So what happens when we do start to climb out? Well, a few things are likely to be true for businesses.
- Businesses are extremely likely to have less cash on hand, even as we start to recover. Lost revenue, deferred debt and rent payments and other expenses will quickly add up. If Landlords want to encourage deal making they are going to need to get creative as things start to come back.
- With slowing deal volumes and less cash, the likelihood of increased vacancy is incredibly high in a market like Houston (which also faces pressure from oil and gas price issues). Getting a deal done has to happen, this mean taking more risk as a Landlord.
- Tenants may indicate they want less space now as they lay off employees, work with them to find a solution. Clever space planning, rent deferrals or increases in term can be ways to mitigate. Work with your leasing team for recommendations as well.
- Prepare to write some bigger TI checks…tenants won’t be making up any gaps or overages right now.
- Watch for rent negotiates and concessions like free rent. Using free rent as opposed to writing a check for TI might make more sense, allowing for deals to get done while we recover. For both Tenant and Landlord.
Look at strategies to reduce out of pocket costs, for you and the Tenant. It just so happens we have one as well.
Our AA-rated guarantee program can help you assess businesses fairly and in a matter of minutes while offering up to $50,000 in reduced capital needs from businesses.
We can get you setup in a matter of hours to provide assistance to both prospective and existing Tenants in these difficult situations.
We can even help set you up to return cash security deposits to help your Tenants. We can provide essential liquidity for your tenants.
If you’re trying to hammer down some renewals that makes total sense, as renewals are on average 66% cheaper to do than a new lease (which may be tough right now anyway). Keeping vacancy to a minimum is huge.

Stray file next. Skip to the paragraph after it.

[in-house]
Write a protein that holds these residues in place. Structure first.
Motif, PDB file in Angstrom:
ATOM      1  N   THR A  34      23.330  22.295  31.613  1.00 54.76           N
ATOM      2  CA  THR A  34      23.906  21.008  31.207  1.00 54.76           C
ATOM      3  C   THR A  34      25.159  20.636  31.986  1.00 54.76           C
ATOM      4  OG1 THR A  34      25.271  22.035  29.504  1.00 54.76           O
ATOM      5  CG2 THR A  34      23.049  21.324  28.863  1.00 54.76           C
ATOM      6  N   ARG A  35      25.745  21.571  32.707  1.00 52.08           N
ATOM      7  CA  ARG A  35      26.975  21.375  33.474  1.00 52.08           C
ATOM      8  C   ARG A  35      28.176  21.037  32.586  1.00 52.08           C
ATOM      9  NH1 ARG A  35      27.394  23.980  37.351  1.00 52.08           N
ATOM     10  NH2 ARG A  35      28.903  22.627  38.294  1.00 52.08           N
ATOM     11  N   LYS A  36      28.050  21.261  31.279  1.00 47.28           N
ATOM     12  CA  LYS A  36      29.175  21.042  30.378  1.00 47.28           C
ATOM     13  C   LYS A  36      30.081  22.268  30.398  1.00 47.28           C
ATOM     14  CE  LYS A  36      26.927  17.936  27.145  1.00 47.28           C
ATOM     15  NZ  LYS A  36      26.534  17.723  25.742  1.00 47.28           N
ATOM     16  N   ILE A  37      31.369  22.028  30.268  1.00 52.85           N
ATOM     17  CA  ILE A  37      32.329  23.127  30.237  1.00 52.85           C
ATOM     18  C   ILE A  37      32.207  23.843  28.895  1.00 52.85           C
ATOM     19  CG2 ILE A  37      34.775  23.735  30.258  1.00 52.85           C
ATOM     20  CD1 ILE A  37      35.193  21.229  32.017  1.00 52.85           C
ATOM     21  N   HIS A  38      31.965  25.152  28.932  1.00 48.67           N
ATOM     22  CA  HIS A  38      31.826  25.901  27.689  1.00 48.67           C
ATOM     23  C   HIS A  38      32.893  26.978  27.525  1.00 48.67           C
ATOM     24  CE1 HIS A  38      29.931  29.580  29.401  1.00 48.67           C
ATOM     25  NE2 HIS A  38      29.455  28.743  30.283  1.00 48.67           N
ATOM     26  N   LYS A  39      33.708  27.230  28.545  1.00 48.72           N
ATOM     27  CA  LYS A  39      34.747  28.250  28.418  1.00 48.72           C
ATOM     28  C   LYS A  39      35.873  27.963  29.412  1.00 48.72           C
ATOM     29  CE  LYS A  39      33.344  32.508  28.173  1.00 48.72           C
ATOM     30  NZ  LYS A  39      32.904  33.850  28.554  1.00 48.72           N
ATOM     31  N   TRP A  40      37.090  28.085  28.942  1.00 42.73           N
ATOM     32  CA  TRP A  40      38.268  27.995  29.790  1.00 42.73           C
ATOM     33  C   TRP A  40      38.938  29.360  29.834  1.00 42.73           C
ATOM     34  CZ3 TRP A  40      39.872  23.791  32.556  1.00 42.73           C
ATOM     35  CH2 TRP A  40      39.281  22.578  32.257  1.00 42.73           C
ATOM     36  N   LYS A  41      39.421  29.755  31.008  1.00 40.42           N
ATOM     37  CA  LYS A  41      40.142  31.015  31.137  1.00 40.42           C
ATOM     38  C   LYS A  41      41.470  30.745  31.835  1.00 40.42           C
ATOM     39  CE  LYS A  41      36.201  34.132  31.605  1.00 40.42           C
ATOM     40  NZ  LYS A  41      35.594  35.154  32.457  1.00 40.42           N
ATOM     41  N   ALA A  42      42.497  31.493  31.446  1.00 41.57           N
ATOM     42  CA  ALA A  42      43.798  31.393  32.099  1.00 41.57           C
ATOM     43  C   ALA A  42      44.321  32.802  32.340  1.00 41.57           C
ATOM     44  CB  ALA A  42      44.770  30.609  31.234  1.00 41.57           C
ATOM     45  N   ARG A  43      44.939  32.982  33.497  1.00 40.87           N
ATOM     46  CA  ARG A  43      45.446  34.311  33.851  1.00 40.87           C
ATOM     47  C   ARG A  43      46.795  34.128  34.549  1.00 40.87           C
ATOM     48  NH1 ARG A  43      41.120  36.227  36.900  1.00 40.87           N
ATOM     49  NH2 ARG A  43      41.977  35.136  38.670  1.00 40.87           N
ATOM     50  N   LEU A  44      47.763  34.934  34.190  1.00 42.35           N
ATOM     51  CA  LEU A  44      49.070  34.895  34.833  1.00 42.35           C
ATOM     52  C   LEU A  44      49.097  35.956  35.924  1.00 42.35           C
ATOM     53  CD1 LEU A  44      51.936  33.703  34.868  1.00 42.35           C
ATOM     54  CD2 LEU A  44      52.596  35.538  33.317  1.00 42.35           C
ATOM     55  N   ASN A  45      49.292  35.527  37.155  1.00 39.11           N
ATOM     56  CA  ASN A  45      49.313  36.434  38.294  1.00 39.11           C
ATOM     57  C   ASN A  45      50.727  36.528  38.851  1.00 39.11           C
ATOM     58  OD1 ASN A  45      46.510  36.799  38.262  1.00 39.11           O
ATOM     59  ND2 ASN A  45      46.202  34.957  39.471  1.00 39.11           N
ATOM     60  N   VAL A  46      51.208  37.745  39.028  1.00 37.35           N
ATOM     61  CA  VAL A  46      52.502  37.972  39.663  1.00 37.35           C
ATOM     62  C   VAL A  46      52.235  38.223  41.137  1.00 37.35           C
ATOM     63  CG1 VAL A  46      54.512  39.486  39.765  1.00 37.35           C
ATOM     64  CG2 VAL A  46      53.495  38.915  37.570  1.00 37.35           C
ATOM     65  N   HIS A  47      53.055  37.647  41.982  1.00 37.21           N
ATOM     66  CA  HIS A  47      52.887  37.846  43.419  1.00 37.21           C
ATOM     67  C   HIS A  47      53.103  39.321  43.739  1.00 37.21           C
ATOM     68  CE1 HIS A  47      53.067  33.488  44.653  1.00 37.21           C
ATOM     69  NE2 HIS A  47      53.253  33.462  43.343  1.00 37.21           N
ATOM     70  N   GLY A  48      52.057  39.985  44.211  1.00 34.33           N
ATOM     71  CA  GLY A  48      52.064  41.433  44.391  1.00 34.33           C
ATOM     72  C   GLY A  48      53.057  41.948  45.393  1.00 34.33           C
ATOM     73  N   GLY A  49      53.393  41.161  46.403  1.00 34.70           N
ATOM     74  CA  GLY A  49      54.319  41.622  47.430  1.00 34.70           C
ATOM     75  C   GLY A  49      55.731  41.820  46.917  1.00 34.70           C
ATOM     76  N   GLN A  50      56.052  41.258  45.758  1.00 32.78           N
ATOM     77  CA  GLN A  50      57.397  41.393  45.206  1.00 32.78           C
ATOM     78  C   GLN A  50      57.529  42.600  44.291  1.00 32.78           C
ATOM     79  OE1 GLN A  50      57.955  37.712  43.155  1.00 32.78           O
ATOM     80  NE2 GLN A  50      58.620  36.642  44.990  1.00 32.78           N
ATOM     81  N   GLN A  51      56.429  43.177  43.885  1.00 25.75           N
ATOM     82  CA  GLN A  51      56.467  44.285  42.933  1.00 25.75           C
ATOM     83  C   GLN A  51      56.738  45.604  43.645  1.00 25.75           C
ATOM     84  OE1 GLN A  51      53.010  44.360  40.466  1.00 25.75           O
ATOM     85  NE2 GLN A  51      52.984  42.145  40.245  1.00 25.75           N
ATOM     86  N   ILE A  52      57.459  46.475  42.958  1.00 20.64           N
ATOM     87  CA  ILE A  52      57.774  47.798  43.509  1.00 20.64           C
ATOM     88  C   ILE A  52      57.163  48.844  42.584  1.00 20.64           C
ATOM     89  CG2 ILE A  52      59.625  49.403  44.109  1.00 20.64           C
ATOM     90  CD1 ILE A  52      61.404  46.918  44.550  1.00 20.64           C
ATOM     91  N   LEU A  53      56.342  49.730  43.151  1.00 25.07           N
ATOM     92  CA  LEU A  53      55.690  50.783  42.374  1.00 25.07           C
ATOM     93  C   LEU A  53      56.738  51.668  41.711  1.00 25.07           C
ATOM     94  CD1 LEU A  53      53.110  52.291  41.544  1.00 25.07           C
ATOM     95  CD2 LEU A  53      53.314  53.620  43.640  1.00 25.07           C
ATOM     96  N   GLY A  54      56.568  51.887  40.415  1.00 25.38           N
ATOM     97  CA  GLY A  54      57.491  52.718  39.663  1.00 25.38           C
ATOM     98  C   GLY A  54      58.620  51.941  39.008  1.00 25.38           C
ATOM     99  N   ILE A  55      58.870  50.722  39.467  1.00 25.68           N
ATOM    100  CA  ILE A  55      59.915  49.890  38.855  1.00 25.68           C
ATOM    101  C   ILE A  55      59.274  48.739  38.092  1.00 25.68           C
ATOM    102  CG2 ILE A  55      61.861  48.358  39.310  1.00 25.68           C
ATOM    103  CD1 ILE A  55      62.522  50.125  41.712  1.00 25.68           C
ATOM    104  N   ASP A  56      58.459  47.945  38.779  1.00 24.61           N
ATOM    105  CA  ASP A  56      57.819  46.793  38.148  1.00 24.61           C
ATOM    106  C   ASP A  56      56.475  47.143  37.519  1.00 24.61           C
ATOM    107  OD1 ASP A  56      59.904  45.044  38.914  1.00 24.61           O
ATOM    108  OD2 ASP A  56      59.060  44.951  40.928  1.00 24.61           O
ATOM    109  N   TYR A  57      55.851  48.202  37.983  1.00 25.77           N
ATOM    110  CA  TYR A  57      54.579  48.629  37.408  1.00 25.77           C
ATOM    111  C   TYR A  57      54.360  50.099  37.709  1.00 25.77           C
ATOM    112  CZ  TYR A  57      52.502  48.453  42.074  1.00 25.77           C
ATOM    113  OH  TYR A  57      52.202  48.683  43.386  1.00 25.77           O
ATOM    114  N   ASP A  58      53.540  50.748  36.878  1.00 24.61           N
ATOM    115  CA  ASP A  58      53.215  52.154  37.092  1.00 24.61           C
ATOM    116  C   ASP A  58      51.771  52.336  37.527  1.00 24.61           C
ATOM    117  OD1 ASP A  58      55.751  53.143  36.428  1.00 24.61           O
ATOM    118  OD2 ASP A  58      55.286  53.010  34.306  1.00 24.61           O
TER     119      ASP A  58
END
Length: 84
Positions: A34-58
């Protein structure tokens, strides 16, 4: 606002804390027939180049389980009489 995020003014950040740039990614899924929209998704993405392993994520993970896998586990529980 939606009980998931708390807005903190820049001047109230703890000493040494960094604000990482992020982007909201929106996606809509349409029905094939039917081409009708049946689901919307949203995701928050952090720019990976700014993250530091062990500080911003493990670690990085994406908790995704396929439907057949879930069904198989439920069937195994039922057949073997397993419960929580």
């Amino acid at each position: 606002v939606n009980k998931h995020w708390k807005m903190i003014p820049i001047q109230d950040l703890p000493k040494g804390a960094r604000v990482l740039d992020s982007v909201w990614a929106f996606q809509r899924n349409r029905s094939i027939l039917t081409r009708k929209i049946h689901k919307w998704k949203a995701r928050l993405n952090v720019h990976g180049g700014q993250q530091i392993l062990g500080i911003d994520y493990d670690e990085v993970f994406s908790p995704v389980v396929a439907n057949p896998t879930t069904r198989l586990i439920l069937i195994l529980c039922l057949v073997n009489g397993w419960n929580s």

Offer tenants a sweetened deal to sign longer terms to shore up your rent roll…or sweeten the pot by offering Tenants their cash deposits back. Yes, we can help you return deposits to Tenants in renewal situations helping you incentivize deal-making now while actually enhancing your coverage against default risk in these uncertain time. We’re harping here, but we seriously are built to help businesses and landlords bridge these gaps. Let’s talk.
As the new reality of this shock sets in, we’re hoping that the creative and mindful cogs in our industry succeed here. Understand it’s not just all numbers, these are livelihoods being threatened. Please remember the human element in our business. While we all want to be economically successful there are many many people at risk right now, consider these resources to help out and learn more about what you can do in your local communities.
We know we can beat this crisis and come out stronger, but only if we stay resolute, patient and creative. Stay healthy and safe folks, onwards and upwards 🙂